National health infrastructure prompts need for proper patient identification


In making the EHR available and successful, it is important to ensure that the information received belongs to the intended patient.

President Bush signed an executive order to create the position of a National Health Information Technology Coordinator in Health and Human Services. Shortly thereafter, Dr. David Brailer was appointed to the position. In this role, he is now leading the effort to create a National Health Information Infrastructure (NHII) by coordinating federal and private sector initiatives.

The main goal of the NHII is to develop a scalable and secure system for exchanging healthcare information on a national level. Implementing this vision to provide "health information when and where it is needed," requires a trustworthy means of validating the electronic identity of both the information requester and provider. This information will help guide medical decisions at the point of care, and will subsequently improve the quality of healthcare, reduce medical errors, and decrease healthcare costs.


Of equal importance in making the EHR available and successful, is the ability to ensure the information received does in fact belong to the intended patient. Failure to collect complete patient information, misspellings and phonetic spellings, missing data, nicknames, aliases, newborns, swapped first and last names, typos and transpositions are just a few of the fundamental causes of improper patient identification.

The Institute of Medicine recently reported there were 195,000 deaths in the United States alone because of medical errors. Moreover, 10 out of 17 of those deaths were because of failure to correctly identify the patient. These "wrong patient errors" result in nearly 115,000 deaths every year-more than two-and-a-half times the number of breast cancer deaths annually. Industry studies have shown that duplication of EMRs within a single healthcare facility range from 9% to 11%, and within a multifacility organization, have reached as high as 30%.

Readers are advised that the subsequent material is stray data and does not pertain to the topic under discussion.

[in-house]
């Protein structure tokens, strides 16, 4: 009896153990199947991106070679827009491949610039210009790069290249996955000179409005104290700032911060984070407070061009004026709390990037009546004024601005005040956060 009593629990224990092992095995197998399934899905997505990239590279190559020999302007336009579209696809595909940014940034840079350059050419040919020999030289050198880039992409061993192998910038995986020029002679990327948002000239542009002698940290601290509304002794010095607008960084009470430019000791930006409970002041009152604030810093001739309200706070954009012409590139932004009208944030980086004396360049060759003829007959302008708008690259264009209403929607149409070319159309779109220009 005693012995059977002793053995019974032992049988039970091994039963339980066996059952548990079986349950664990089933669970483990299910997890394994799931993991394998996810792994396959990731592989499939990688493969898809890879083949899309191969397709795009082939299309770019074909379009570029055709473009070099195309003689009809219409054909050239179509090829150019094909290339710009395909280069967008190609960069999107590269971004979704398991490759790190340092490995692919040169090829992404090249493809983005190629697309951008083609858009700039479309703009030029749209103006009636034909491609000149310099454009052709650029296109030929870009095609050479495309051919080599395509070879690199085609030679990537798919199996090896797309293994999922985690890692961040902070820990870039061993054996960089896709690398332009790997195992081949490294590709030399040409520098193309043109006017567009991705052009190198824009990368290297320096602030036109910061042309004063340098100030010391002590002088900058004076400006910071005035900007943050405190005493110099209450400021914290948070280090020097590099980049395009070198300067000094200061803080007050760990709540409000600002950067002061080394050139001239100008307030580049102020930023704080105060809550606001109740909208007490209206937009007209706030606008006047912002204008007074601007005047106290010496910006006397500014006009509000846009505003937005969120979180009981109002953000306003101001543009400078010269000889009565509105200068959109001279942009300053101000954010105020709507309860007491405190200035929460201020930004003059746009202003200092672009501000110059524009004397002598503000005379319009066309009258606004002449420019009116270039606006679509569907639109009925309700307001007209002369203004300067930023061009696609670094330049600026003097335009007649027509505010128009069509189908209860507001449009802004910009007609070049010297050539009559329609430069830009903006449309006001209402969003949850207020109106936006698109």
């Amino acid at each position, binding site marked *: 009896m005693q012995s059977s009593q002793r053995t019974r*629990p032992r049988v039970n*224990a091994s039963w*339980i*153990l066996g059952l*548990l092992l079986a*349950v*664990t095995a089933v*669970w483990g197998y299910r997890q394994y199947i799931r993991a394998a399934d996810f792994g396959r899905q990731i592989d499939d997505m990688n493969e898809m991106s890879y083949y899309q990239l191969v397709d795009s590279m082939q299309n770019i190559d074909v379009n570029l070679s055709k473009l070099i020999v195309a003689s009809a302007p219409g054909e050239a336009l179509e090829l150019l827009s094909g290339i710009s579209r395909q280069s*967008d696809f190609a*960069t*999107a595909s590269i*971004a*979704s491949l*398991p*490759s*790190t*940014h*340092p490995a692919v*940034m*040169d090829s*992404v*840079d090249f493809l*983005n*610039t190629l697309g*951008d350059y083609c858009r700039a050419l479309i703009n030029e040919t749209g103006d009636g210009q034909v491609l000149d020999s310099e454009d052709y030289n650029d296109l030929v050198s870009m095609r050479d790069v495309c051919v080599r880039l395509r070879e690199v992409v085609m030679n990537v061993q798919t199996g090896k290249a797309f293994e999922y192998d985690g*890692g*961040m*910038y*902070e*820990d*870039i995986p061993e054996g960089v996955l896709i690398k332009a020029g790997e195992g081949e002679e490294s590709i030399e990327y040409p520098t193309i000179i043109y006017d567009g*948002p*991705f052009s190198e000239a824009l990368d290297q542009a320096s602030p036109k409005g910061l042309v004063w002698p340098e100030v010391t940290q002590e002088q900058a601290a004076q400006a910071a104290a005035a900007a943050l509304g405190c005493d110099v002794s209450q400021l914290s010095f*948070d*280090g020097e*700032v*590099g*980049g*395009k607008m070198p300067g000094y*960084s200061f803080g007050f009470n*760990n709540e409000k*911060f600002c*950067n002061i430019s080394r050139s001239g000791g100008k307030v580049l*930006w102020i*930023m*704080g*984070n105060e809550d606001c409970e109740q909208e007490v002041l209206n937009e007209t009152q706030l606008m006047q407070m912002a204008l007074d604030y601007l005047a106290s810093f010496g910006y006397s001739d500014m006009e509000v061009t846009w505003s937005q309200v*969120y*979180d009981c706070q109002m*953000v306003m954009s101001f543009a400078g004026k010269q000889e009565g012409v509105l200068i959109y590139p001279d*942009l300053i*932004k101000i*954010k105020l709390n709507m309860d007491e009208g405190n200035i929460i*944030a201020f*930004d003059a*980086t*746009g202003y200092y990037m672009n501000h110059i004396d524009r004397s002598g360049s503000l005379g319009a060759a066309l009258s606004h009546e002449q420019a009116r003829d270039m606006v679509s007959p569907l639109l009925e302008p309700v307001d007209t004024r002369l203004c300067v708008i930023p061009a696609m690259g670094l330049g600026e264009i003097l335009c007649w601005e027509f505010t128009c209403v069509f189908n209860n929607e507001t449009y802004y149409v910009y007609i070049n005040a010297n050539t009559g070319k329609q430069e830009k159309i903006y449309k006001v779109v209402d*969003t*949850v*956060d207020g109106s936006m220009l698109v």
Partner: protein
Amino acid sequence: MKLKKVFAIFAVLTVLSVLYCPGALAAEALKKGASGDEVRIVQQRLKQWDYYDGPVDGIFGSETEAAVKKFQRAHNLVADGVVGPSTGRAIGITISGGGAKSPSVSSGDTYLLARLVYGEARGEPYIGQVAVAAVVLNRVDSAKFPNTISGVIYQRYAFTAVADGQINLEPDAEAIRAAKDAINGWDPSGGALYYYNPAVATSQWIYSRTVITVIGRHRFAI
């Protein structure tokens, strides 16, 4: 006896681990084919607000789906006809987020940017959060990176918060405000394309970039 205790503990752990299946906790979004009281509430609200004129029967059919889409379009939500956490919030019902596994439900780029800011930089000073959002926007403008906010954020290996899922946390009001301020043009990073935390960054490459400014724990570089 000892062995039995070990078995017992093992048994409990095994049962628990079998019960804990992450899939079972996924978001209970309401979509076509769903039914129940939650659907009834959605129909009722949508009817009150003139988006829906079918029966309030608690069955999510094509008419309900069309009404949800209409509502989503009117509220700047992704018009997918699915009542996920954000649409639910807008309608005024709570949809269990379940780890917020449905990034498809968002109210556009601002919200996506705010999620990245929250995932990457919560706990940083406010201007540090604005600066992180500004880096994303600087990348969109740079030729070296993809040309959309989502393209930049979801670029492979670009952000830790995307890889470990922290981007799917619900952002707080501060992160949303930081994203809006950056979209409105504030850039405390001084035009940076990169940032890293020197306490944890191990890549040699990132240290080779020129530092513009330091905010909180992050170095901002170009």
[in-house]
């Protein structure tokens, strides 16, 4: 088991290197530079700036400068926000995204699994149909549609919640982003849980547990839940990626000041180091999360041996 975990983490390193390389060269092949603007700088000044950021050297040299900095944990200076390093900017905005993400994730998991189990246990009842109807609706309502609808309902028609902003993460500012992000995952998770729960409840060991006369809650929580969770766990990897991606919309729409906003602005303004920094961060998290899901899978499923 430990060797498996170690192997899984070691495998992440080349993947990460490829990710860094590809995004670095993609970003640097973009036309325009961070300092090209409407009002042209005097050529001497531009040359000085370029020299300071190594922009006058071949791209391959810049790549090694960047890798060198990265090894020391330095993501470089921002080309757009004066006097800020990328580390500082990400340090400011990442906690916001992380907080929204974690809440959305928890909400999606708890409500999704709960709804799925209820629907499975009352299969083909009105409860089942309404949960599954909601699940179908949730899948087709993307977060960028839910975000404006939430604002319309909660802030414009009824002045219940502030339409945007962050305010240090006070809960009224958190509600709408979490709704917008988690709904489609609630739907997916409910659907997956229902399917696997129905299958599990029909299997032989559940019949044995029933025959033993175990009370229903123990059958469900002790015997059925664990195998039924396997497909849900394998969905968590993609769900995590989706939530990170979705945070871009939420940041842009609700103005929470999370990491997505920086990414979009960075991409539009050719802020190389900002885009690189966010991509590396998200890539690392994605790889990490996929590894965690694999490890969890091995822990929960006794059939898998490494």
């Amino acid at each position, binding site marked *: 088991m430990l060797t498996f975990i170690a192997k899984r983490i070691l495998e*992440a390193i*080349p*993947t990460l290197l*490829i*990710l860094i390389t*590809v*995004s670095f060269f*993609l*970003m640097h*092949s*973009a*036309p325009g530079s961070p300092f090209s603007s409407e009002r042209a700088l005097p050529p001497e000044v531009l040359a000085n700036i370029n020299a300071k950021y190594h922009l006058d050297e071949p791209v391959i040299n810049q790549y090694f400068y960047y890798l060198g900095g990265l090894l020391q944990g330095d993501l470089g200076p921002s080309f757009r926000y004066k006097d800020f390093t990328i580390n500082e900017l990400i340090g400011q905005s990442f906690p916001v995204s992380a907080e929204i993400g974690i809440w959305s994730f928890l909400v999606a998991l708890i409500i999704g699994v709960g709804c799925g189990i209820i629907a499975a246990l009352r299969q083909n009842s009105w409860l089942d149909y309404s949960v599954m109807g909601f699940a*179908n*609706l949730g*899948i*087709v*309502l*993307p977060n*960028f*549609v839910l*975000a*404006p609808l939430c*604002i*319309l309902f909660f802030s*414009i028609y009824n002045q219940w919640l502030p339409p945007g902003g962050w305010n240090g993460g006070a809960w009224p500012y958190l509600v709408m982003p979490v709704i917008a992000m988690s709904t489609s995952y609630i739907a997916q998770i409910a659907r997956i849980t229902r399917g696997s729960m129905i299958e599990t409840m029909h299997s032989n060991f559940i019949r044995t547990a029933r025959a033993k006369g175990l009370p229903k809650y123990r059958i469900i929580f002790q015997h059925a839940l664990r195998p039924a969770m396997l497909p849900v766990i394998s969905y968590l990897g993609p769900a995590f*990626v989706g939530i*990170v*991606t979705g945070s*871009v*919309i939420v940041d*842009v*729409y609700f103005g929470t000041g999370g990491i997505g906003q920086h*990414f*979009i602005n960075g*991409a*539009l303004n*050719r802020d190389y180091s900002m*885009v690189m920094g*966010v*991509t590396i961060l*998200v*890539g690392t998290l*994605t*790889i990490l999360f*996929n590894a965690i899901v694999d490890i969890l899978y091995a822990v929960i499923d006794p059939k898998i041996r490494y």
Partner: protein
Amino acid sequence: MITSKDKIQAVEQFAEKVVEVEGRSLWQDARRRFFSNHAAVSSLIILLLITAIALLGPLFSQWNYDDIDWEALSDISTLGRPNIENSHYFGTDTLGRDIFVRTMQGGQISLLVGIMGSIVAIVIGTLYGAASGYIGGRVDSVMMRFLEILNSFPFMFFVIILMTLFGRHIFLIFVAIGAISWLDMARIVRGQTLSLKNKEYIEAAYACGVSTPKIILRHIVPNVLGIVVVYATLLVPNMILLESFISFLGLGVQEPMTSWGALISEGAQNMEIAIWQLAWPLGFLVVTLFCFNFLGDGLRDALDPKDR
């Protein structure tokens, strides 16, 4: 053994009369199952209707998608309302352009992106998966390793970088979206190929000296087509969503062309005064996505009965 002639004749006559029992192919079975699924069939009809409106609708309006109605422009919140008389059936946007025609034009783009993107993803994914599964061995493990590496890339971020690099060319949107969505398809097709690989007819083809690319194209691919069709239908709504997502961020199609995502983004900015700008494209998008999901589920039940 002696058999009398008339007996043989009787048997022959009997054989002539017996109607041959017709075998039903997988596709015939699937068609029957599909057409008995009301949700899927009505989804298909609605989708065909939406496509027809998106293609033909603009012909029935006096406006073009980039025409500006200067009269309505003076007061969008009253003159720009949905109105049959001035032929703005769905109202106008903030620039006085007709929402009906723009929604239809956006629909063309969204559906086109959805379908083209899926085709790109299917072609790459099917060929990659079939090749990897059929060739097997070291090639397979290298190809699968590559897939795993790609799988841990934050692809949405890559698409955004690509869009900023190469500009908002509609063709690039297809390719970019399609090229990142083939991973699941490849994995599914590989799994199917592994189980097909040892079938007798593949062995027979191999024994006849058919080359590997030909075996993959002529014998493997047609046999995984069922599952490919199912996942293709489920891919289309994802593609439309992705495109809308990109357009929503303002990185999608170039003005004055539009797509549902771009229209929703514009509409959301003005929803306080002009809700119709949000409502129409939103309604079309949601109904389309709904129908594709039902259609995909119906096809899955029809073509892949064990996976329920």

These errors are systematic and cause incomplete or inappropriate medical care, which-as reported above-can be fatal.


For the NHII initiative to succeed, a highly reliable identity management infrastructure will need to reside at the core of the EHR system. Fortunately, in today's clinical settings, biometric technologies are increasingly being used to accurately identify patients.

Biometric technology provides the ability to identify an individual based on a unique physical characteristic. Fingerprint identification is the most accurate form of biometric technology, with its use for positive identification dating back over a century.

Fingerprint identification systems tend to overcome the problems often associated with other biometric technologies such as user acceptance, accuracy, size and cost. In healthcare settings, most patients are more than willing to place their finger onto a scanner for one to two seconds in order to be accurately identified and avoid possible medical errors.


The Catholic Health System (CHS) in Buffalo, N.Y., is one of the first healthcare organizations to introduce biometric technology to its patients.

After a multiyear study, CHS chose ultrasonic fingerprint biometric technology.

This technology is more appropriate for a healthcare setting because of ultrasound's ability to image through surface contaminations found on the finger or that build up on the fingerprint-scanning surface. This provides a consistently higher-quality image, which results in superior accuracy rates across all population groups.

A patient, wishing to enroll into the CHS system simply places their finger onto the biometric fingerprint reader. The caregiver associates or links this particular patient to the appropriate EMR and the entire enrollment process takes less than two minutes.

Upon return visits, the patient simply places one finger onto the biometric reader and within seconds the identity is confirmed and the correct EMR is retrieved.

It is clear that Dr. Brailer and his organization are leading a multiyear, aggressive program to reform the nation's healthcare system. This effort will be focused on meeting goals for better, faster, less-expensive clinical care.

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